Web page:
The Burning Bush
We learn in the Passover story that Moses experiences a holy moment with God when he notices a burning bush in the desert. Many historians and scientists indicate that in ancient times, desert brush would catch on fire, spontaneously, quite regularly. This miracle of the burning bush was most likely not that fact that it was burning, but that it was burning without being consumed. This strikes me as a good lesson about the power of observation – sometimes things that seem quite ordinary, are in fact, anything but, and offer us extraordinary opportunities for holiness, and in Moses’ case, finding our destiny.

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Adding An Extra Pinch Of Health To The Passover Seder

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Like the 10 commandments, the passover seder menu can seem like it’s written in stone. Passed down through generations and laden with family tradition, it feels almost sacrilegious to deviate from what our grandparents served their guests. But it’s that very menu, with all the starch, fats and sugar coated desserts (most often eaten for two nights in a row) which can make you feel as if you actually at the stone tablets of the commandments for dinner.

Don’t let the tradition of the seder weigh on you. This year start your own traditions with a lighter and healthier version of two seder classics–Matzo Ball Soup and Flourless Chocolate Almond Cake.

HOMEMADE GRASS FED CHICKEN SOUP WITH QUINOA NO-MATZO BALLS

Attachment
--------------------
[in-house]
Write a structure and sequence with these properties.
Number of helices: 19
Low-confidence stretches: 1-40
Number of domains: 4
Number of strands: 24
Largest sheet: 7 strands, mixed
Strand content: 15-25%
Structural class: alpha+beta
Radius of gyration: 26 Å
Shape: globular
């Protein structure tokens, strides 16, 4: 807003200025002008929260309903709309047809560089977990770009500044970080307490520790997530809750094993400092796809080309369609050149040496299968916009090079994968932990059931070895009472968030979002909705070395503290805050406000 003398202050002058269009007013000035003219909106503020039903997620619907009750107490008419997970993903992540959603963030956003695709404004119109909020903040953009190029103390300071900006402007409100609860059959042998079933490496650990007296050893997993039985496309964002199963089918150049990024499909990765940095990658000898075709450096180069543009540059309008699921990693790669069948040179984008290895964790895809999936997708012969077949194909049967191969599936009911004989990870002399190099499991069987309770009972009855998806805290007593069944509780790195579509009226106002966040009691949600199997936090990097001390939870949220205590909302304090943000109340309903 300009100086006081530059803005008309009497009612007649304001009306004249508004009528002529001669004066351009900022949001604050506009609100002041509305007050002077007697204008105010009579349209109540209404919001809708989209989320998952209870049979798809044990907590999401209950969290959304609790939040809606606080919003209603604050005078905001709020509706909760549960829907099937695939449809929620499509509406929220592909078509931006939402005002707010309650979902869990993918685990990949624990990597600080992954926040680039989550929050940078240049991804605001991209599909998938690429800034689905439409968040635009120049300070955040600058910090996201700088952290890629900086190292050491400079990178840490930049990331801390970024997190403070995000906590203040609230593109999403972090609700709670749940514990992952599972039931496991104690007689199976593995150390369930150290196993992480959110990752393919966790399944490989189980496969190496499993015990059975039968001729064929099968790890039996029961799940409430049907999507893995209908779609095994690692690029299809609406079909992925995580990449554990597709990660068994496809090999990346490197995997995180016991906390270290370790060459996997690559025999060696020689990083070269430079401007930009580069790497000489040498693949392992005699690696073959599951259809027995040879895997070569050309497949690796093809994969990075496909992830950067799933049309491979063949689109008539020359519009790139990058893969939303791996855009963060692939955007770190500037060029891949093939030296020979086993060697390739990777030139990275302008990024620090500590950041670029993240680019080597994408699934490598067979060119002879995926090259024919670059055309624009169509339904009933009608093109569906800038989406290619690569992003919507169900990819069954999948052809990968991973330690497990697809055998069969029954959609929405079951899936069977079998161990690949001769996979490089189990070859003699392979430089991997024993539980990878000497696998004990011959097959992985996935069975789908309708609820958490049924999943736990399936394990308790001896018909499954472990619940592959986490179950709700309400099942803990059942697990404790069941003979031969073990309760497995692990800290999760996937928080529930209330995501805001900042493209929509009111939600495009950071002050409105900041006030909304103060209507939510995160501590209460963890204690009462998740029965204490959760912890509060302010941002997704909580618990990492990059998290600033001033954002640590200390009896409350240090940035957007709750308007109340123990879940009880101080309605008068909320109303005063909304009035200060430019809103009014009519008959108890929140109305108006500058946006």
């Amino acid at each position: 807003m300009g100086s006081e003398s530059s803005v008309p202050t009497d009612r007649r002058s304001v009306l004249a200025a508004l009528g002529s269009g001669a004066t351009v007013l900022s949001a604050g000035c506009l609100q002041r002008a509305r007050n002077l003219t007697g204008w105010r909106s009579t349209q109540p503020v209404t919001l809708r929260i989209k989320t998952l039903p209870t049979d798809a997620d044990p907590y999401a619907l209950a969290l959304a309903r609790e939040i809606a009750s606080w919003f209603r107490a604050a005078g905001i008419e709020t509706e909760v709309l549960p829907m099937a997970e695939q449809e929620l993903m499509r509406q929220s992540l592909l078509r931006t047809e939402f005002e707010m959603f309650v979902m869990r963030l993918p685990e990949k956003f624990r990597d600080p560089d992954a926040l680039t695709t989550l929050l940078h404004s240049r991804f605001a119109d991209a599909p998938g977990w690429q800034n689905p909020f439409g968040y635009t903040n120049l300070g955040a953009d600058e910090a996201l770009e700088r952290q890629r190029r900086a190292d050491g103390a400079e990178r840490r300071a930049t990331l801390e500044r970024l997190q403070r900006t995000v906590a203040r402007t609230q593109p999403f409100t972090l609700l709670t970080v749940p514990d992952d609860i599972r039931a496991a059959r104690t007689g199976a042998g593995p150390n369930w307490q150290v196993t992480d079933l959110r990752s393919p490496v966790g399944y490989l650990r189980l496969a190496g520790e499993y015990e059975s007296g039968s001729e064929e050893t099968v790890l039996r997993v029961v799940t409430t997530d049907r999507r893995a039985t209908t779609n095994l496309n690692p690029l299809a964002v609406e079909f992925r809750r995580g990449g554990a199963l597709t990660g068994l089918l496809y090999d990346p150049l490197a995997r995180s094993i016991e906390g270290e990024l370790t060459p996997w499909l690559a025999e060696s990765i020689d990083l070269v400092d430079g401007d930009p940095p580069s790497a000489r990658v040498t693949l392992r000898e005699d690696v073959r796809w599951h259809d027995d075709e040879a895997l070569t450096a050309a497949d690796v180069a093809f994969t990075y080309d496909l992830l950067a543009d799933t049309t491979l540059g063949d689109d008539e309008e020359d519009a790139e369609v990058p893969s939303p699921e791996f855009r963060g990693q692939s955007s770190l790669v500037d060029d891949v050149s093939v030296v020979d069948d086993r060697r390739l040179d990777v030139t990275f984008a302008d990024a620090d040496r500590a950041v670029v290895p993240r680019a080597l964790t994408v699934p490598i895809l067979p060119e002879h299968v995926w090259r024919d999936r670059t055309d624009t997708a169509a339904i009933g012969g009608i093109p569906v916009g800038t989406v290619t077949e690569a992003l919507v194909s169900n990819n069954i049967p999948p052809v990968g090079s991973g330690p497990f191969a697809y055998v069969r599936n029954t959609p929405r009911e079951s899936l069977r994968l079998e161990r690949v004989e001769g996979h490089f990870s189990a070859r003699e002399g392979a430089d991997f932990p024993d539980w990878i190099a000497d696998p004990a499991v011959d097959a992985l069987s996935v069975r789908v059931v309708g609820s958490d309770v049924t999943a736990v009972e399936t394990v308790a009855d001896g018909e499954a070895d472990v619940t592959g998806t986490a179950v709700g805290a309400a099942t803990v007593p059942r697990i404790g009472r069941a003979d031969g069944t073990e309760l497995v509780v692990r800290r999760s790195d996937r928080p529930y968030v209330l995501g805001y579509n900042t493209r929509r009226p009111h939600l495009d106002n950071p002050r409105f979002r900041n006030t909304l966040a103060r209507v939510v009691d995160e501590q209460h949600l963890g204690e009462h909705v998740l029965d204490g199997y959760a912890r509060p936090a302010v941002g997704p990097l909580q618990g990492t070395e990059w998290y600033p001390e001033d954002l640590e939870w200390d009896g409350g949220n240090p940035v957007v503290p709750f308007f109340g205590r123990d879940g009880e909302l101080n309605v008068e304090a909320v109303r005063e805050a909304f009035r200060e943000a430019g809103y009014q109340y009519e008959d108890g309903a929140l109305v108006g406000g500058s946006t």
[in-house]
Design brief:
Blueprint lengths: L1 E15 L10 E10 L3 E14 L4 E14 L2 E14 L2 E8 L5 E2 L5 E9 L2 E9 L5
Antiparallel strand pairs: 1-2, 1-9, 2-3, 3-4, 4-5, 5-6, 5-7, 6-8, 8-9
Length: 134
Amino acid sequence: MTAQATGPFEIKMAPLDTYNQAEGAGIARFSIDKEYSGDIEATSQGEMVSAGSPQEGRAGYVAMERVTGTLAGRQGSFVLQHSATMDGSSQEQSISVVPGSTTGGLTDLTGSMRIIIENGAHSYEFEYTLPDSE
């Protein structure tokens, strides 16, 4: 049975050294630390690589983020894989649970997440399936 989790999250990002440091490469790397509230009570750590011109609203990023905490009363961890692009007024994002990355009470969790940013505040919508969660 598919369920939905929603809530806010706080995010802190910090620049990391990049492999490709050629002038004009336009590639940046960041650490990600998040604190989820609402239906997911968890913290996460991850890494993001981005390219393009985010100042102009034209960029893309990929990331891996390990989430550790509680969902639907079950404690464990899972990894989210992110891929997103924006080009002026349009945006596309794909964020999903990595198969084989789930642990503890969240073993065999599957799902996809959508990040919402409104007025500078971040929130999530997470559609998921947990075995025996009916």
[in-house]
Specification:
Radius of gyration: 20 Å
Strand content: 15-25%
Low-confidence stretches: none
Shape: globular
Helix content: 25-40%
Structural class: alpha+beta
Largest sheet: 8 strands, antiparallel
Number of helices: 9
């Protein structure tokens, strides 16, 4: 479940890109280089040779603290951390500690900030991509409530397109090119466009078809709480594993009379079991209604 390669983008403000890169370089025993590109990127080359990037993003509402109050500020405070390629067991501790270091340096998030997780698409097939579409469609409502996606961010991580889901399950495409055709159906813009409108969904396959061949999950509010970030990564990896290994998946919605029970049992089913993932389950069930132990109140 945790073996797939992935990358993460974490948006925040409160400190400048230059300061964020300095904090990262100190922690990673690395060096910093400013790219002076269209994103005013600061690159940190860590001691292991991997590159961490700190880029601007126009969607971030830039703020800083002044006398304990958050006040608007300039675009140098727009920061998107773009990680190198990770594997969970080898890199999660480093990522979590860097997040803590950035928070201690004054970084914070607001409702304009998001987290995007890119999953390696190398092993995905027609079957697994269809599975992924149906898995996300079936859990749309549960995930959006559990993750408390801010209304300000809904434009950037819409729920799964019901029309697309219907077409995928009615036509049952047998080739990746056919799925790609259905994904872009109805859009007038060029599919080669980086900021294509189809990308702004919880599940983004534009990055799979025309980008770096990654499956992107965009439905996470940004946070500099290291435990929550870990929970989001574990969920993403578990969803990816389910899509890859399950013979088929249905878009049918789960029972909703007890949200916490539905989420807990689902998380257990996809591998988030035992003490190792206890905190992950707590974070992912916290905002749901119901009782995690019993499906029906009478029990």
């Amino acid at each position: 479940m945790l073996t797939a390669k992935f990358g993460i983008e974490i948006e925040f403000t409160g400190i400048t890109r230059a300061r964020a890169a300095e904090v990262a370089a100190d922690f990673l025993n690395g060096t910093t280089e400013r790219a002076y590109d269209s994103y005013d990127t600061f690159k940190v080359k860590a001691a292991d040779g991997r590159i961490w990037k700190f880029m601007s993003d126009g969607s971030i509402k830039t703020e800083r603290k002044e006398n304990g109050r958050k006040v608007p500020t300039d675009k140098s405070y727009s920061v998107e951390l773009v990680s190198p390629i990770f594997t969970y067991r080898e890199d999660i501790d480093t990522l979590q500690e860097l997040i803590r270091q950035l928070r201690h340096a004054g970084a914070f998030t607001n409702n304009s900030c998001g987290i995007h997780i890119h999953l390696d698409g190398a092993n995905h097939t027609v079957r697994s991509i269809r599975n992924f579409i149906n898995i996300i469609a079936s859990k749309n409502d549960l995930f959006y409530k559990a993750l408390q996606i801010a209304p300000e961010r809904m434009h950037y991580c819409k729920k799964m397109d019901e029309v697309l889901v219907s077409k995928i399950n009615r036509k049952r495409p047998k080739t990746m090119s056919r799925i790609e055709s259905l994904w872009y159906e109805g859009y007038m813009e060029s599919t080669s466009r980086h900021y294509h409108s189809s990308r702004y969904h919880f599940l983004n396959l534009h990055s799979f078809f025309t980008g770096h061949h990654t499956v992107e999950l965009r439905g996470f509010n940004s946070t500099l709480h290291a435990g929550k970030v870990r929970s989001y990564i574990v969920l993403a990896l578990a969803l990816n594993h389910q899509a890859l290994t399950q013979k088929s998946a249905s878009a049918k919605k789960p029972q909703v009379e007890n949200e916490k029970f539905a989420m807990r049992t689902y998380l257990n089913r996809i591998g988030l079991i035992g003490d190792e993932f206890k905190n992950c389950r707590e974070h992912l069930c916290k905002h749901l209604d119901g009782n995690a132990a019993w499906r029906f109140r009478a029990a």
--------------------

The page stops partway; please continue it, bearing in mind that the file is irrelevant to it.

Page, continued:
(Gluten-Free)
Serves 10

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Flourless Chocolate Almond Cake

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This amazing dark chocolate cake has ground almonds in the batter and toasted almonds sprinkled on top, making rich in plant-based Omegas.

INGREDIENTS:

3 Tablespoons dark chocolate cocoa powder – 65% or higher
½ cup raw almonds
2 Tablespoons sugar
¾ cup date or maple crystal sugar (or regular sugar)
3 oz. dark chocolate, – 65:% or higher – coarsely chopped
½ cup Greek Yogurt
2 egg yolks, at room temperature
1 Tablespoons coconut oil
1 teaspoon vanilla extract
¼ teaspoon almond extract (optional)
5 egg whites, at room temperature
¼ teaspoon salt
1 Tablespoon toasted slivered almonds (optional)

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Amazing Things Happen When We Work Together

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October 2013 was intense around here.  Well, at least for me; and certainly for our Artist-in-Residence, Jay Wolf Schlossberg-Cohen.

The Center was filled with excitement, anticipation and inspiration for me and the hundreds of you who participated in one of our 28 mural painting sessions.

Our community, under Jay’s guidance,  took 1,560 square feet and 8 planter tops of blankness and transformed them into a work of art. A work of art that communicates social justice themes such as Environmental Stewardship, Human Rights & Dignity, Economic Justice, and Food Justice.

Do you remember eating lunch outside by the J café and seeing the steady progression over 15 packed days?  Or perhaps coming back after an absence to notice the work fully realized?  I remember October, but this documentary by Chip Curry brought back vivid details by capturing the communal spirit and offering candid testimonials.  I’m delighted to share it with you.

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Powerful Force in Washington DC Comes to PJCC

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Rabbi David Saperstein

Interview with Rabbi David Saperstein - Part 1

The North Peninsula Jewish Community is honored to welcome Rabbi David Saperstein, a passionate spokesperson for social justice, as our 2014 Scholar in Residence. Rabbi Saperstein is Director and Counsel of the Religious Action Center of Reform Judaism, representing the Reform Jewish Movement to Congress and the Administration. In 2009 Newseek Magazine named Rabbi Saperstein as the most influential rabbi in the country and the Washington Post described him as “the quintessential religious lobbyist on Capitol Hill.”

Rabbi Saperstein was kind enough to give us this interview so that our community might get to know him better. Continue reading